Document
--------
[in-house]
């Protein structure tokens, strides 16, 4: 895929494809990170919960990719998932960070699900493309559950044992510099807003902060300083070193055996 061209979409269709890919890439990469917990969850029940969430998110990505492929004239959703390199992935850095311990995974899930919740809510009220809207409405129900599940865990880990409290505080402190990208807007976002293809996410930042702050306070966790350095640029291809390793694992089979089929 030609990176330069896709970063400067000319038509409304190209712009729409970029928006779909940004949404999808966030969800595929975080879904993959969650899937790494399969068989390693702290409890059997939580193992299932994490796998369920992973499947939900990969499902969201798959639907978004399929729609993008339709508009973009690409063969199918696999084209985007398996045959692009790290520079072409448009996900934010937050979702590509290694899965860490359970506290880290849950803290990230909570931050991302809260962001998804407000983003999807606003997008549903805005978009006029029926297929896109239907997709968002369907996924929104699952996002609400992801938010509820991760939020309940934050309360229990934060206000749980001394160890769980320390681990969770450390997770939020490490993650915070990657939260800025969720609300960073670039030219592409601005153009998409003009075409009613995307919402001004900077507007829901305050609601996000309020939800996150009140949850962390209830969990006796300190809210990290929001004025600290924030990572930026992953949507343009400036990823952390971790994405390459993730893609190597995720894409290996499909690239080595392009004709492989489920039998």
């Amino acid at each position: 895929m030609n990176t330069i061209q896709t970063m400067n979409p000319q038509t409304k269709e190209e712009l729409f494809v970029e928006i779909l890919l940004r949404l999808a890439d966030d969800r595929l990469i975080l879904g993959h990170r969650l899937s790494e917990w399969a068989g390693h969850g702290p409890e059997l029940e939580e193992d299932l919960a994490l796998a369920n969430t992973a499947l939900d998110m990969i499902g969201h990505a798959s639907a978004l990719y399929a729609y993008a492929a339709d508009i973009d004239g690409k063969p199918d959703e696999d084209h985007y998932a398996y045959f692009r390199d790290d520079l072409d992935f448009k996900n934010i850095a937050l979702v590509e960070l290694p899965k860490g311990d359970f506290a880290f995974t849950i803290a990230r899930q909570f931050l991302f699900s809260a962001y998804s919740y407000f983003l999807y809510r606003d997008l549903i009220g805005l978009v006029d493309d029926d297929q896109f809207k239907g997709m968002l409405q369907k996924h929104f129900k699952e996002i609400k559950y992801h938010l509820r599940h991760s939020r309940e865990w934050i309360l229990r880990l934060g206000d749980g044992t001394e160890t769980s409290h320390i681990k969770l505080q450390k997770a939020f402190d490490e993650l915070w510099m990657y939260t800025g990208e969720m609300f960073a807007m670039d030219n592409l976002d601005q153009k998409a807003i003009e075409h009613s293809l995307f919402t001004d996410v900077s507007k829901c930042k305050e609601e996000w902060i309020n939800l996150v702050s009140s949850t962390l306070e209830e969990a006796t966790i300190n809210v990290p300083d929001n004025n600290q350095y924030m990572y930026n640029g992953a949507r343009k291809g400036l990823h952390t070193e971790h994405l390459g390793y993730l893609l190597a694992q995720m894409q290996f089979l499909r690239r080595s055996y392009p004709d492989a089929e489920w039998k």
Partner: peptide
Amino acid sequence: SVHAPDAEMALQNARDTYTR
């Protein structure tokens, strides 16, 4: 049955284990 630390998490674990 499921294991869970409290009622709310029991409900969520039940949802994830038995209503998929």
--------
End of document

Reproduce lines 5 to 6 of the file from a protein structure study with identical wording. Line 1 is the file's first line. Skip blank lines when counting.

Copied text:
Amino acid sequence: SVHAPDAEMALQNARDTYTR
């Protein structure tokens, strides 16, 4: 049955284990 630390998490674990 499921294991869970409290009622709310029991409900969520039940949802994830038995209503998929």